Last month the FBI’s Internet Crime Complaint Center (IC3) released its 2018 Internet Crime Report. There are many eye-popping statistics included. But let’s pull out just a few for some insight on where cyber business crimes may be heading in 2019.

Among the most dramatic facts in this year’s report is the near doubling of cyber-crime losses. In 2018, victims of cyber-crimes lost more than $2.7 billion. That is up from $1.4 billion in 2017. Almost half of this loss, $1.3 Billion, was attributed to the Business Email/Email Account Compromise (BEC/EAC) attack.

There are two factors influencing this dramatic growth in losses. First, cyber-crime is simply getting bigger. There are more attacks, more sophisticated attacks, and the attacks are seeking bigger paydays. Second, more victims are actually reporting these crimes. The FBI established IC3 years ago, but for too long businesses were slow or reluctant to report falling victim to cyber schemes.

Early reporting of cyber-crime is leading to more assets recovered and losses avoided. In February 2018, the IC3 established the Recovery Asset Team (RAT) to recover fraudulent funds wired by victims. While recoveries are still small relative to total losses: $257 million; the actual recovery rate of losses referred to RAT is reported to be near 75%.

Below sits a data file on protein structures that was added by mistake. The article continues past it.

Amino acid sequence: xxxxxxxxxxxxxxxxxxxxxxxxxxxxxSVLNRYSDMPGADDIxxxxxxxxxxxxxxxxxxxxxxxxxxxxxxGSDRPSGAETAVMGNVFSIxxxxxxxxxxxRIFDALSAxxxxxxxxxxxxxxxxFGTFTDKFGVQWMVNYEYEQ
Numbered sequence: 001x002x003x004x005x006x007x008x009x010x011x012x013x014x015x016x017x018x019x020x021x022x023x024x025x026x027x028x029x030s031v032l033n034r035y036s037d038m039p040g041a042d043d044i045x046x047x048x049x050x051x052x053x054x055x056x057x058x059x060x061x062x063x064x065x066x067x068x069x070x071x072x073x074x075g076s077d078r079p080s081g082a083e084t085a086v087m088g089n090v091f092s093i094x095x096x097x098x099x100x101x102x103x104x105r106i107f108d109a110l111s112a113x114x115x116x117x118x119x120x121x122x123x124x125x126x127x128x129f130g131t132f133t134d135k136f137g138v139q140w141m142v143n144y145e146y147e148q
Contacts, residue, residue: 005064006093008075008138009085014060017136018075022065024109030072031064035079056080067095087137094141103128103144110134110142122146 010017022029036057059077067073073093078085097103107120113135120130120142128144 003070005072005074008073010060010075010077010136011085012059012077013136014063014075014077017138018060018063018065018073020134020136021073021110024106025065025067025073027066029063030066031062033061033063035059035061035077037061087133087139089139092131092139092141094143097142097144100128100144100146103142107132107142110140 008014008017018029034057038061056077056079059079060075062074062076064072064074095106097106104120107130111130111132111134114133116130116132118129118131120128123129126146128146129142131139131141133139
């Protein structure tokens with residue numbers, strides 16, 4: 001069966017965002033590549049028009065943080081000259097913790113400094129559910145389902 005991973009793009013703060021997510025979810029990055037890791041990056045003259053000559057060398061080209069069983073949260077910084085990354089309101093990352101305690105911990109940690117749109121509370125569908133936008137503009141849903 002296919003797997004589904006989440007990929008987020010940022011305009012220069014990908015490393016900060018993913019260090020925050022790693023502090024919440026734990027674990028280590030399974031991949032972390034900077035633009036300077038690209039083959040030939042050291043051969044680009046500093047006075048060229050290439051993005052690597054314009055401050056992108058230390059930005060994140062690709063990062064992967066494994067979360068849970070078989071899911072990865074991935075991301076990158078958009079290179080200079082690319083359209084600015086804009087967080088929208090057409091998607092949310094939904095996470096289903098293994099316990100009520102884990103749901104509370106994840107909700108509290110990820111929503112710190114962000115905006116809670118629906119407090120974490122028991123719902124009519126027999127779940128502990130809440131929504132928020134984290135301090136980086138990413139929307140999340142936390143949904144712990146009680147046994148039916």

These two trends reflect the effect of upside of increased preparation and awareness. Businesses will continue to be among the most targeted victim classes because of the favorable cost-to-benefit ratio for these frauds. Preparation and employee training will continue to be the best defense against these attacks. But when a business becomes a cyber-crime victim nonetheless, a swift response is creating real opportunities to recover potential losses before it is too late.

If you have any questions of concerns about any types of fraudulent activity you may be encountering, please feel free to contact me.

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